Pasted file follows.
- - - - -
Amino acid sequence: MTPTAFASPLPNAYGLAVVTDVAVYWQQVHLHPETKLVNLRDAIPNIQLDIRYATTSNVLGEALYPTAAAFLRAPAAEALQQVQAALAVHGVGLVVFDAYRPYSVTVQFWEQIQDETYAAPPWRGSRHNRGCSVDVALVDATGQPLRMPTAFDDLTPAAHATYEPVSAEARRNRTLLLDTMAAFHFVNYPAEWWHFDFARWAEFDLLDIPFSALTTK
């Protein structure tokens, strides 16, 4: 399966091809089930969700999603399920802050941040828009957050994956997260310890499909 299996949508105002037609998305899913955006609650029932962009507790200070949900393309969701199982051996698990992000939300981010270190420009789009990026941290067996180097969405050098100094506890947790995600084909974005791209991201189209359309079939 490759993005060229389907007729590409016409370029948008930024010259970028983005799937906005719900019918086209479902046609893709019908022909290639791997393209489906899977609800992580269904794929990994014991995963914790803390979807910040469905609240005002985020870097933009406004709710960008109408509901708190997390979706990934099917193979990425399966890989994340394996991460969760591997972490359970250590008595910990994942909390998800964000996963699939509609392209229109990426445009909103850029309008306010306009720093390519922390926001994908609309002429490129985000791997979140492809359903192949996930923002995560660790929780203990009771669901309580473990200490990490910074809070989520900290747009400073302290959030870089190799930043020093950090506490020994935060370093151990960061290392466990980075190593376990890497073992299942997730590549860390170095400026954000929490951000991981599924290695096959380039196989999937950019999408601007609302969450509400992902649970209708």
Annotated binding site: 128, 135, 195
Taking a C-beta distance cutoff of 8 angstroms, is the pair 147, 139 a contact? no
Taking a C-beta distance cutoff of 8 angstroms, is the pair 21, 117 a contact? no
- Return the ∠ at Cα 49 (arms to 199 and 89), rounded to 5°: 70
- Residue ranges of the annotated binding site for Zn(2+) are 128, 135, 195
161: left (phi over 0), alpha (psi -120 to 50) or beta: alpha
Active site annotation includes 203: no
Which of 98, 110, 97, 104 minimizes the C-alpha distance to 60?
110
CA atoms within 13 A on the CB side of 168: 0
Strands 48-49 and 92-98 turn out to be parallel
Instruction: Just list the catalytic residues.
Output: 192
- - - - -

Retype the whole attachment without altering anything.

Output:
Amino acid sequence: MTPTAFASPLPNAYGLAVVTDVAVYWQQVHLHPETKLVNLRDAIPNIQLDIRYATTSNVLGEALYPTAAAFLRAPAAEALQQVQAALAVHGVGLVVFDAYRPYSVTVQFWEQIQDETYAAPPWRGSRHNRGCSVDVALVDATGQPLRMPTAFDDLTPAAHATYEPVSAEARRNRTLLLDTMAAFHFVNYPAEWWHFDFARWAEFDLLDIPFSALTTK
């Protein structure tokens, strides 16, 4: 399966091809089930969700999603399920802050941040828009957050994956997260310890499909 299996949508105002037609998305899913955006609650029932962009507790200070949900393309969701199982051996698990992000939300981010270190420009789009990026941290067996180097969405050098100094506890947790995600084909974005791209991201189209359309079939 490759993005060229389907007729590409016409370029948008930024010259970028983005799937906005719900019918086209479902046609893709019908022909290639791997393209489906899977609800992580269904794929990994014991995963914790803390979807910040469905609240005002985020870097933009406004709710960008109408509901708190997390979706990934099917193979990425399966890989994340394996991460969760591997972490359970250590008595910990994942909390998800964000996963699939509609392209229109990426445009909103850029309008306010306009720093390519922390926001994908609309002429490129985000791997979140492809359903192949996930923002995560660790929780203990009771669901309580473990200490990490910074809070989520900290747009400073302290959030870089190799930043020093950090506490020994935060370093151990960061290392466990980075190593376990890497073992299942997730590549860390170095400026954000929490951000991981599924290695096959380039196989999937950019999408601007609302969450509400992902649970209708």
Annotated binding site: 128, 135, 195
Taking a C-beta distance cutoff of 8 angstroms, is the pair 147, 139 a contact? no
Taking a C-beta distance cutoff of 8 angstroms, is the pair 21, 117 a contact? no
- Return the ∠ at Cα 49 (arms to 199 and 89), rounded to 5°: 70
- Residue ranges of the annotated binding site for Zn(2+) are 128, 135, 195
161: left (phi over 0), alpha (psi -120 to 50) or beta: alpha
Active site annotation includes 203: no
Which of 98, 110, 97, 104 minimizes the C-alpha distance to 60?
110
CA atoms within 13 A on the CB side of 168: 0
Strands 48-49 and 92-98 turn out to be parallel
Instruction: Just list the catalytic residues.
Output: 192